Furthermore, by detecting the deviation of metrics that normally move together, the multivariate approach helps to detect problems sooner. For instance, the engine temperature and engine revolutions normally move together, which is healthy system behavior. However, when engine temperature deviates from engine revolutions, as can happen with coolant leak, this indicates a problem and therefore an alert is generated. The following picture shows the various behaviors for univariate and multivariate approaches. In the first case, on the left, a static threshold is set on the engine temperature and an alert is generated only when the temperature goes above it. In the second case, on the right, the relationship between temperature and revolutions is monitored: when the relationship differs from what normally is expected (that is, when the temperature starts rising while engine revolutions decrease) an anomalous situation is detected and an alert is generated much earlier than the static threshold set in the first case.
Now, let’s look at the components that make such an approach feasible, by analyzing Tivoli Analytics for Service Performance architecture.
The following picture includes
- A highly scalable and flexible data mediation layer, which provides turn-key integrations and easily extendable capabilities to collect both real-time and historical data through a large framework of connectors
- A set of powerful analytic algorithms, combining univariate and multivariate approaches, based on IBM InfoSphere Streams (a streaming analytic engine resulting from five years of IBM research) which provides highly scalable engine (million of events a second) and can perform incremental analysis on each data element as it arrives, while contemporary learning and refining its model accordingly (one instance learning, one running)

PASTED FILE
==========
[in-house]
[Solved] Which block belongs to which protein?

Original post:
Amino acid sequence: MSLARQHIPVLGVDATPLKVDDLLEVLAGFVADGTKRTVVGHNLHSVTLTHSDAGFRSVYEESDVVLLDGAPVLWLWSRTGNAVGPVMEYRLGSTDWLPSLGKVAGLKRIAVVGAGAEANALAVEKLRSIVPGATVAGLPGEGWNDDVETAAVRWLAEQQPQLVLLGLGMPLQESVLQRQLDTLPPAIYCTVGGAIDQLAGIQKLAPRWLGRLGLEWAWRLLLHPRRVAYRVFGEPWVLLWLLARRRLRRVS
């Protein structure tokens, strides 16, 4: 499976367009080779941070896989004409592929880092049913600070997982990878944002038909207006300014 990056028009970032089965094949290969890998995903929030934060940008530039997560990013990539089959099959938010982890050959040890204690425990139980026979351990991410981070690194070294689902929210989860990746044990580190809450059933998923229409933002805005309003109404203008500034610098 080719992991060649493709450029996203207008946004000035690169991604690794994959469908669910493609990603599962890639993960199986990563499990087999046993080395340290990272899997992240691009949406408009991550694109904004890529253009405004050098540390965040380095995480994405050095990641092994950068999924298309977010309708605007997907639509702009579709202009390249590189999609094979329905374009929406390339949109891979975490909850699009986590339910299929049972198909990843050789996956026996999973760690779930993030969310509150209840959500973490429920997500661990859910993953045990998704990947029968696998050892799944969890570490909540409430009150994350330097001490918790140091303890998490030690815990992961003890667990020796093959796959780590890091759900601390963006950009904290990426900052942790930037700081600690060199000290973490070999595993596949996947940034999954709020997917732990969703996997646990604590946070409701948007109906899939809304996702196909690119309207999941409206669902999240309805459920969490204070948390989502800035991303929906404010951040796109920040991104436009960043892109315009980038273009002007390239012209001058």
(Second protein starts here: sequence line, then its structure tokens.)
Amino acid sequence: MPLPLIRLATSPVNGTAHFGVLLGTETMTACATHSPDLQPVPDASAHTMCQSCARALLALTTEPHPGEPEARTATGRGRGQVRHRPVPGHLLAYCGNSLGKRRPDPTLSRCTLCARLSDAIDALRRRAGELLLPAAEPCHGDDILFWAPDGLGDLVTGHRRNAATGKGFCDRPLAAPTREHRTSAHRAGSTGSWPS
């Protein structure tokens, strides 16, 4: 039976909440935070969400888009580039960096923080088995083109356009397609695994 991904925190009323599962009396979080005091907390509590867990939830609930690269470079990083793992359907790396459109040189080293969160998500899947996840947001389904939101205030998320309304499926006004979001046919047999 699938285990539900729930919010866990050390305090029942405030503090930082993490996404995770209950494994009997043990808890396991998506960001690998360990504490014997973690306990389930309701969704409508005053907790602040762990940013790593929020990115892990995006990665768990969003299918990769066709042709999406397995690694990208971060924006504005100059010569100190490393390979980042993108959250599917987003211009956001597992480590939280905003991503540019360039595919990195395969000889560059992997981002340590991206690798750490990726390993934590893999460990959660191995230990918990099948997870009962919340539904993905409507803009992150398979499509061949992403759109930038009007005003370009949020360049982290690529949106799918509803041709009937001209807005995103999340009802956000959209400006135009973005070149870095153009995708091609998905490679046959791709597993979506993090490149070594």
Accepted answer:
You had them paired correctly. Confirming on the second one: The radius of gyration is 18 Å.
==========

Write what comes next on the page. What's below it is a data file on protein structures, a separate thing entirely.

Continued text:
- A presentation layer that allows representing analytics data in Tivoli Integrated Portal (TIP in the picture) and visualizing predictive events in Tivoli Netcool OMNIbus or in thirdparty event consoles through SNMP.
You probably agree with me that this technology promises to be interesting, and that can find application in several areas. But, let’s focus again on the cloud for a final example.
The following picture shows a simple architecture supporting two cloud-hosted services (online statement and payment transfer) in a virtualized environment.
Imagine that the default settings for virtual machines have been used across the hypervisor and that the interdependency between supporting virtual machines on the same hypervisor are not modeled. In this case, if the load of one increases, it is likely to interfere with others, and there might not be related alarms, unless you are capable to model all the possible interdependencies (not easy in a dynamic environment as the virtualized ones are). An alarm might be generated for “Payment Transfer” poor performance (highlighted by a red circle in the picture), but the relationship to its root cause (for instance WebSphere load) might not be obvious. Tivoli Analytics for Service Performance can instead identify such an anomaly in advance, highlighting that “Payment Transfer” low performance is related to anomalous metrics relationships between WebSphere, VM 12, VM 22, and Hyper 1 nodes. As it is clear in this case, anomaly information and relationships can be used to augment Business Service Management models to help diagnose complex problems quickly, exposing relationships that are outside service model definitions during anomalous conditions.
As soon as Tivoli Analytics for Service Performance is available, I will take a deeper look to understand if and how much it keeps its promises. 😉 In the meantime, I am very interested to hear your opinion about its approach. Do you think it can really help? What are the other areas in which it could be used? Do you see any drawback? Leave a comment to this blog entry and we will try to deepen the topic together.